Plasma diagnostics prior to CME eruptions
by Petros Syntelis
The physical conditions during the pre-eruptive phase of the eruptions are very important in order to understand and model Coronal Mass Ejections (CMEs). For example, whether a flux rope exists or not prior to the eruption, whether and when the plasma is heated, its density, etc., are important parameters that affect the evolution of the system. Many observational works focus on the kinematics of eruptions (see review of Webb & Howard 2012). Only a few number of works provide detailed plasma information about the pre-eruptive phase of CMEs (e.g. Gibson et al. 2002, Harra et al. 2009). In our work, we studied the pre-eruptive plasma parameters of NOAA 11429, which produced two major CMEs, during early March 7, 2012. We used observations taken during March 6, 2012 from SDO/AIA and spectroscopic observations from the EUV Imaging Spectrometer on-board Hinode.
Two flux ropes were found in the active region (AR) prior to the CME eruptions. One was located in the East and one in the West part of the AR (Figure 1). These were observed in all coronal channels of AIA and in many spectral lines (from cold ones, as Fe VIII 186.60Å (logT=5.8), to hot ones, as Fe XXIV 192.06Å (logT=7.25). Here we will focus on the East part only.
Figure 1: AIA cutout images of the studied AR during March 6, 2012, 12:55 UT shown in (a) 171Å, (b) 193Å, (c) 211Å, (d) 335Å, (e) 131Å, (f) 94Å. The white boxes in (b) define two sub-regions named East and West. (g) EIS intensity image during the 12:47-12:56 UT raster
of Fe XII 192.39Å, (h) Ca XV 200.97Å, (i) Ca XVII 192.85Å and (j) Ca XXIV 192.02Å. Panel sizes in EIS are the same as AIA for better comparison. White spaces in panels (g)-(j) are due to the smaller EIS FoV. (k) HMI line of sight magnetogram. Arrows indicate three PILs, one in the East region (PLE) and two in the West region (PLW1, PLW2). (l) Magnetic field extrapolation at March 6, 23:59 UT showing two flux rope structures, one in the East region (FRE) and one in the West region (FRW), surrounded by an envelope field.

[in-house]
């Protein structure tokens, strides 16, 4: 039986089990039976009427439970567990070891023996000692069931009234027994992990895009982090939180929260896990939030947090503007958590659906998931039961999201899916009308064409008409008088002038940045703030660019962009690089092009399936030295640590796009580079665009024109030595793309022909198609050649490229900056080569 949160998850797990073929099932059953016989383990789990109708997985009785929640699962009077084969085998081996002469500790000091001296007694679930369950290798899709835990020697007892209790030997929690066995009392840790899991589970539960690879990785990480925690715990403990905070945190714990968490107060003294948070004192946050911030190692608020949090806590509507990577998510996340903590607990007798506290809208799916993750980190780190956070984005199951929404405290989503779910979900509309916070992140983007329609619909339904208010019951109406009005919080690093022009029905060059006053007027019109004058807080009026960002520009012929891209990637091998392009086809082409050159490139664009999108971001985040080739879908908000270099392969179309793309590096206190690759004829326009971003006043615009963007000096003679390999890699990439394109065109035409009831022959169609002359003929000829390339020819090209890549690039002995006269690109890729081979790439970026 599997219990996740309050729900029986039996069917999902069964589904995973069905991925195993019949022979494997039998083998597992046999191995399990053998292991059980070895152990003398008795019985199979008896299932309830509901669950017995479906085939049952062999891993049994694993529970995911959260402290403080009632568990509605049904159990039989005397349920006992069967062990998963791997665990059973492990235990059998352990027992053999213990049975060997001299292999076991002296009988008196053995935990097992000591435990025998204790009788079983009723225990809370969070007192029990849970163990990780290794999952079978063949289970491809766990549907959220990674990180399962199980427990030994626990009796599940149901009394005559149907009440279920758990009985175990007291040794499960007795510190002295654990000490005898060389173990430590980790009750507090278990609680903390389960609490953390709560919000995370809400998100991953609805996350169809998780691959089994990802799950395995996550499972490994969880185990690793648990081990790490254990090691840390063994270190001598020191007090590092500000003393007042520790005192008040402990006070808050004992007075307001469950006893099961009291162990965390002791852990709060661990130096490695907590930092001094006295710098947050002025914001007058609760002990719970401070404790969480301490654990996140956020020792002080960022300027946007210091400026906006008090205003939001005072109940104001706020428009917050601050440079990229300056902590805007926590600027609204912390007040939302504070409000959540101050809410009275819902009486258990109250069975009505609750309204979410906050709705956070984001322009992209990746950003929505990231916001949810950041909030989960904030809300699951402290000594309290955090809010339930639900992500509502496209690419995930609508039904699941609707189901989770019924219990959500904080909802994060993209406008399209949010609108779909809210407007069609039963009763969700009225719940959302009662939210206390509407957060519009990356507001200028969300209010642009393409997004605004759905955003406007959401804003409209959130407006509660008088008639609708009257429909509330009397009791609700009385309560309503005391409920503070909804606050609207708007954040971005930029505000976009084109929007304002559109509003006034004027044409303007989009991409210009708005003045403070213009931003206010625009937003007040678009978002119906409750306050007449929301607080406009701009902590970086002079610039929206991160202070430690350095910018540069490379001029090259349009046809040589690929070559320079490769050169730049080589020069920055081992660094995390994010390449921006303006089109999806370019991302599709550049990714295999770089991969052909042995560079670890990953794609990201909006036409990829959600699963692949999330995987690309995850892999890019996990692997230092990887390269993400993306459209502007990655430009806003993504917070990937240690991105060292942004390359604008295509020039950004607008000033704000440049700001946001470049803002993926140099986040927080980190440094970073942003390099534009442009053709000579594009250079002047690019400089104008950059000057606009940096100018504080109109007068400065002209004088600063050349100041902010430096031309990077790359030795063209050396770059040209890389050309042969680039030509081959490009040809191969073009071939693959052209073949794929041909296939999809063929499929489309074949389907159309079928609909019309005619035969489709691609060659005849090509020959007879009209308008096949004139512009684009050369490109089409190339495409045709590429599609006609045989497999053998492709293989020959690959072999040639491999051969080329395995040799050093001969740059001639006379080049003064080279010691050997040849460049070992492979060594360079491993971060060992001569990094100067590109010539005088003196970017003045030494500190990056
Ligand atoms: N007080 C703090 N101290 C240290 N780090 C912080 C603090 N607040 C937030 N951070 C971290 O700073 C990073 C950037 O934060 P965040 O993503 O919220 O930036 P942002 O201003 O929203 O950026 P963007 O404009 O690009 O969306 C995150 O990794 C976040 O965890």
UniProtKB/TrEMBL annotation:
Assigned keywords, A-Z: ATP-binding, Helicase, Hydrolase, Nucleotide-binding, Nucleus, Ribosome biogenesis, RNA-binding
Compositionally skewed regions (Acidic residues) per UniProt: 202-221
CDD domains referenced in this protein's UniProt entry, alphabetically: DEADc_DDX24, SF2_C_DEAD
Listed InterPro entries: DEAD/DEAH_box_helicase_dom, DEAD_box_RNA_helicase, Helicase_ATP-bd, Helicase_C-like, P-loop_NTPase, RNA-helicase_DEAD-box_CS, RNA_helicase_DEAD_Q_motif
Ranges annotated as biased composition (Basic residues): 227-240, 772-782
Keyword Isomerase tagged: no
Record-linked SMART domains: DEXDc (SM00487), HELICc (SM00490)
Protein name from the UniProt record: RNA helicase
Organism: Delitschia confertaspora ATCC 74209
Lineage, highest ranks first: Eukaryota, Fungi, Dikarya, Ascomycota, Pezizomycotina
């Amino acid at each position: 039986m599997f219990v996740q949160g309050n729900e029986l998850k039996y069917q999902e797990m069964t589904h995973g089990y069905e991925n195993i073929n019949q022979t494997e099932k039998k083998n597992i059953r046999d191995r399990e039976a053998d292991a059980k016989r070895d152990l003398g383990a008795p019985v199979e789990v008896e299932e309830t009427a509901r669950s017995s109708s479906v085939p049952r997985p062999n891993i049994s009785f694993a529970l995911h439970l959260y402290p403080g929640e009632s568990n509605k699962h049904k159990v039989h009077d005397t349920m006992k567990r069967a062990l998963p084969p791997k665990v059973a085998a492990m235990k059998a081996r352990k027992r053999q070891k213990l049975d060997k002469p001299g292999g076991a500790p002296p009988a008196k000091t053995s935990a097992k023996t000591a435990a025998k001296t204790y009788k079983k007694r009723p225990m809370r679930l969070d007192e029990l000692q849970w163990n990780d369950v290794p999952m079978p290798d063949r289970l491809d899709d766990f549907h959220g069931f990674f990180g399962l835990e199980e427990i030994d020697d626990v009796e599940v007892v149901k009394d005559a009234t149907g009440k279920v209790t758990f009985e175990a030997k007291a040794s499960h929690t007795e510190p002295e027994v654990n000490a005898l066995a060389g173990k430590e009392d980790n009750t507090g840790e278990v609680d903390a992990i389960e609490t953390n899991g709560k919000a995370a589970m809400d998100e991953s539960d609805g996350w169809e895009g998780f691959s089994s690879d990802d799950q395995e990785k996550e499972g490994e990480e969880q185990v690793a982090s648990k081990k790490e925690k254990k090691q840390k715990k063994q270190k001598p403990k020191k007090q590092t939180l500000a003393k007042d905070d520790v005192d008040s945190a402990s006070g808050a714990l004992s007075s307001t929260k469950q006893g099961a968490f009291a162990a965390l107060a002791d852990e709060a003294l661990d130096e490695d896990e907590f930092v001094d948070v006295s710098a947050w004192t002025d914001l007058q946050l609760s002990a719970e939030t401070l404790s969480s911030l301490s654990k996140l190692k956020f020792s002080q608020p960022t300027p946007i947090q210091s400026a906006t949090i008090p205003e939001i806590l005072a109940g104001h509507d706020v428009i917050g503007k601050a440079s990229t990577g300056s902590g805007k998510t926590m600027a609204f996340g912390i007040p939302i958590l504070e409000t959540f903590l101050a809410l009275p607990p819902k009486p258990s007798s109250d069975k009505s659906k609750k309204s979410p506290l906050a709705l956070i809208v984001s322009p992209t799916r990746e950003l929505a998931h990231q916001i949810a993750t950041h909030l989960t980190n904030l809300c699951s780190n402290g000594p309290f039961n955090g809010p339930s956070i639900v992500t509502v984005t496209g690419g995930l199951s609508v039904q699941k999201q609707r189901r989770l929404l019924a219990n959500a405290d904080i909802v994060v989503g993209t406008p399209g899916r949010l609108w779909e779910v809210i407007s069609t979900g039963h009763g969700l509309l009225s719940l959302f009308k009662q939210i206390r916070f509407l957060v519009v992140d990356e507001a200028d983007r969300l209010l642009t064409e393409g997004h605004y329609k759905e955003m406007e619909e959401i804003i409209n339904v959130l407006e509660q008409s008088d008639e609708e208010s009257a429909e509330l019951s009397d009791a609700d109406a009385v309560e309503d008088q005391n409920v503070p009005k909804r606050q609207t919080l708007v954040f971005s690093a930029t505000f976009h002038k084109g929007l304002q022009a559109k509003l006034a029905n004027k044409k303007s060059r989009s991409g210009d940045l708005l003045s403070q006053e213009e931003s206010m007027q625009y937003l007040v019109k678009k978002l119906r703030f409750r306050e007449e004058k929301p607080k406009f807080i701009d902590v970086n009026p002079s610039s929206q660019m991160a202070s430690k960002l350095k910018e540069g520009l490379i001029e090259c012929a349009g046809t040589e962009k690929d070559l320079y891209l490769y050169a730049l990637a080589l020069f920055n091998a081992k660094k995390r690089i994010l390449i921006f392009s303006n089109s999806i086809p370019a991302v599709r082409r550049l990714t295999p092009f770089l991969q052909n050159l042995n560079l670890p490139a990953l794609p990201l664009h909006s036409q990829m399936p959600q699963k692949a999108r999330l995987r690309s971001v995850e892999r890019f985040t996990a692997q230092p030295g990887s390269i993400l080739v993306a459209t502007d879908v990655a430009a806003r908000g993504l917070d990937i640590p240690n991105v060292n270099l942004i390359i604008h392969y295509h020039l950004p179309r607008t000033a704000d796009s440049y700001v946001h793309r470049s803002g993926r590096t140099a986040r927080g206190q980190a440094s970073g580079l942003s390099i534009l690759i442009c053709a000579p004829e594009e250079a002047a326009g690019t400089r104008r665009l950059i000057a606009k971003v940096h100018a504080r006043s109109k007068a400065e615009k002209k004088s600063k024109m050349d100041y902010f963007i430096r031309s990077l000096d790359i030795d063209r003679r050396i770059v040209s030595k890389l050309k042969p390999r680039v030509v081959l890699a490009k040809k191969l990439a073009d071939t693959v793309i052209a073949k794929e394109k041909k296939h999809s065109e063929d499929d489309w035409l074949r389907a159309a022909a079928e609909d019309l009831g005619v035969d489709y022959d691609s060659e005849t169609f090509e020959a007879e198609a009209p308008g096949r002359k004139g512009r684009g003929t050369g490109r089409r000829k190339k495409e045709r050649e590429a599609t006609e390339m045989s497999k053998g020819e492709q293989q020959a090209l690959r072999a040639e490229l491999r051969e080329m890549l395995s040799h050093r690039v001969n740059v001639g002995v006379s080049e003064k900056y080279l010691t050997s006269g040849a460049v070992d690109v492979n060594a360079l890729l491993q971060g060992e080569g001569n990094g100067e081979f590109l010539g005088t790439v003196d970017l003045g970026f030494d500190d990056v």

We used intensities recorded by AIA and EIS separately to compute the Differential Emission Measure (DEM) of the flux-rope regions. We compared the more accurate EIS DEM with the one of the AIA to identify the DEM's low-temperature component that corresponds to the AR (logT=6.2-6.4), the high temperature component that corresponds to the FR (logT=6.8-7.2) and the intermediate temperature ranges (logT=6.5-6.7). We then used the high cadence of AIA to produce series of DEMs and took the average value of in the aforementioned temperature ranges (Figure 2). We found that the mean DEM of the high temperature component (red) increases gradually 5h before the onset of the first CME (from 17:00 to 00:00). This was the result of the gradual heating of the FR region (high non-thermal velocities in Ca xv 200.97Å in comparison to Fe XII 192.39Å) and the gradual rise and expansion of the FR (increasing blueshifts in Ca XV 200.97Å and J-map slopes from AIA).
In addition, using Ca XV 200.97Å and Ca XV 181.90Å, we measured electron densities of 4x10^9 to 5x10^10 cm-3. The higher densities (above 2x10^10 cm-3) were found during the flaring events. The lower densities tail (4x10^9 cm-3 to 2x10^10 cm-3) corresponds to the FR.
Figure 2: AIA mean DEM timeseries in three temperature ranges 1.7 - 2.4 MK (solid blue), 3.5 - 5 MK (solid orange) and 7 - 12 MK (solid red) for the East region. Black dashed lines indicate the mean DEM from EIS data in the 7 - 12 MK temperature range. The black solid lines show the GOES flux in the 1-8Å channel. The vertical lines show the two time periods of the EIS rasters.
These results were published in Syntelis P., Gontikakis, C., Patsourakos, S., Tsinganos K., 2016, A&A, 588, 16S.
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